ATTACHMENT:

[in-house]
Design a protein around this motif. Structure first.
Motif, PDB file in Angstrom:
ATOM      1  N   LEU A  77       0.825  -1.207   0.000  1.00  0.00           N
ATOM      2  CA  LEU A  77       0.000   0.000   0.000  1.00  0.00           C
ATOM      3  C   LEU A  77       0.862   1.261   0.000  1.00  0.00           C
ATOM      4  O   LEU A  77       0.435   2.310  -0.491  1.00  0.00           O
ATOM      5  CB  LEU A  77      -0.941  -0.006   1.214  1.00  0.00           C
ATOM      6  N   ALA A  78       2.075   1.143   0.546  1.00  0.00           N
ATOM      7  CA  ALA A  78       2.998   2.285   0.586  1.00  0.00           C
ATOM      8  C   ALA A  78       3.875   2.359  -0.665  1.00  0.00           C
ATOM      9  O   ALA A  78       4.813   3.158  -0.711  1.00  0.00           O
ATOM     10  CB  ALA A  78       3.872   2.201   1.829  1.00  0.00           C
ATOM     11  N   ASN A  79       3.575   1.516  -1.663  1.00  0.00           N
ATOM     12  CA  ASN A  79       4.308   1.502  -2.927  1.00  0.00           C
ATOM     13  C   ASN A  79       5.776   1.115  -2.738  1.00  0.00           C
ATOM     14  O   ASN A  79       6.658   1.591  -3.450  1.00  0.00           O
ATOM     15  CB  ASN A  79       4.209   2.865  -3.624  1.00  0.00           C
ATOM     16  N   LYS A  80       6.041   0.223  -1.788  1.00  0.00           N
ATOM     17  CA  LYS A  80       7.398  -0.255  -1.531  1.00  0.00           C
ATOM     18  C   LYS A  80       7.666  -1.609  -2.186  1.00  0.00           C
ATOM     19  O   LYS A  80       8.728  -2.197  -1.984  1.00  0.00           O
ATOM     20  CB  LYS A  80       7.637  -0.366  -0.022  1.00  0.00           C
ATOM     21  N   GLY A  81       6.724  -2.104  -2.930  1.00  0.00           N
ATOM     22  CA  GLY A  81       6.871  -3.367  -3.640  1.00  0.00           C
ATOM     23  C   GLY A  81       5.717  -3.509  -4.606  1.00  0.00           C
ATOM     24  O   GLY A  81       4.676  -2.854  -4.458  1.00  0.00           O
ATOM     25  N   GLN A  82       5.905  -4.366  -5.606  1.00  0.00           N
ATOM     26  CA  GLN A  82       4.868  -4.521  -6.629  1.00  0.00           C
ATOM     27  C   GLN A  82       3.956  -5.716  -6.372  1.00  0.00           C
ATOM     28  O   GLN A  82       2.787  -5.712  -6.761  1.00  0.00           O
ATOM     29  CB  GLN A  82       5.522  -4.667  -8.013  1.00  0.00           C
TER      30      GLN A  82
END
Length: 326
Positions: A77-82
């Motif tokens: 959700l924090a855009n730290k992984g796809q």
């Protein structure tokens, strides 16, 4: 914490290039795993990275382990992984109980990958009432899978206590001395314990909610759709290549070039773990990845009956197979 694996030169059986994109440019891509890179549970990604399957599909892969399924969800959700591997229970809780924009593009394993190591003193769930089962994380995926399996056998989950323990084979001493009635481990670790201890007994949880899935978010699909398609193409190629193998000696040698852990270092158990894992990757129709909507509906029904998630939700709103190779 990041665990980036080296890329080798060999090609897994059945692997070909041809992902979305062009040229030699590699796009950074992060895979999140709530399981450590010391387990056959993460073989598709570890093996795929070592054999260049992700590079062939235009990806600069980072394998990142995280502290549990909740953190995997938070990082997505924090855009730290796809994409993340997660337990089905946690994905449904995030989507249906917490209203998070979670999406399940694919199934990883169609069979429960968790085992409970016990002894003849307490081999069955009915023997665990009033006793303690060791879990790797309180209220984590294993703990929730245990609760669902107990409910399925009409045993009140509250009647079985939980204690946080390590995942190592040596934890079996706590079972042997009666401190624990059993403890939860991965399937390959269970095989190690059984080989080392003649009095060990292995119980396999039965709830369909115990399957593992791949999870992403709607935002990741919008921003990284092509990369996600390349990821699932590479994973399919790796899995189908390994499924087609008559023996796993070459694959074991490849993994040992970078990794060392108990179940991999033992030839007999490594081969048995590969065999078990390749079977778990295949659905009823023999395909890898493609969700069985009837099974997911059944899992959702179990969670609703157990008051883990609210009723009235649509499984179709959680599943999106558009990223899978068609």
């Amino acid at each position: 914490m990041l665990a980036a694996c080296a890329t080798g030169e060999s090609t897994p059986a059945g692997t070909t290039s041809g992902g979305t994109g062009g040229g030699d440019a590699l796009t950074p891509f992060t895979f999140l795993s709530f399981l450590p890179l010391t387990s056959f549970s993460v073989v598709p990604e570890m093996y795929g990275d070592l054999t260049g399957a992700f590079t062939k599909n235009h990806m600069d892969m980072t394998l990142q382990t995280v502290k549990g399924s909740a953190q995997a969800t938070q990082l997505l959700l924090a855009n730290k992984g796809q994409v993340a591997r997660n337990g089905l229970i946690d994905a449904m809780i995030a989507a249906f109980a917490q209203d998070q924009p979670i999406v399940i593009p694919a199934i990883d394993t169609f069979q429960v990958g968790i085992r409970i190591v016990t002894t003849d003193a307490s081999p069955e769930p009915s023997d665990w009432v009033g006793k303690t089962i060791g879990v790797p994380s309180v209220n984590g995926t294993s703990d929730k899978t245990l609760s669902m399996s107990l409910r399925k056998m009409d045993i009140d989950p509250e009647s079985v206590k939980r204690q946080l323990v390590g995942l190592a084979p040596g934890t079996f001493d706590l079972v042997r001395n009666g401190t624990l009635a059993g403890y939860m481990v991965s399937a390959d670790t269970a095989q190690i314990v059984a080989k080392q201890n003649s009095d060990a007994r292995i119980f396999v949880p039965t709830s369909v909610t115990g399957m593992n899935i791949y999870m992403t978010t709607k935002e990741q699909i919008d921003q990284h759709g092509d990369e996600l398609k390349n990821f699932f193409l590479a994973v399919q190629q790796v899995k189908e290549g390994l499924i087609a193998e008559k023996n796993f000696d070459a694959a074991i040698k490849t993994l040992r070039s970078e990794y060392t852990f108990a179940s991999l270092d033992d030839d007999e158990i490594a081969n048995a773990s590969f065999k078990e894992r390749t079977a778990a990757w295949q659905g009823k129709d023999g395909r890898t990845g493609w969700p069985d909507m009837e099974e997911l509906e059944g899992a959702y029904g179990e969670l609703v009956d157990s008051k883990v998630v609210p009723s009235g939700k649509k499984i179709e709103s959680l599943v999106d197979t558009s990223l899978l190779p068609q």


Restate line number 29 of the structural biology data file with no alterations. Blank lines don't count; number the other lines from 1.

ATOM     26  CA  GLN A  82       4.868  -4.521  -6.629  1.00  0.00           C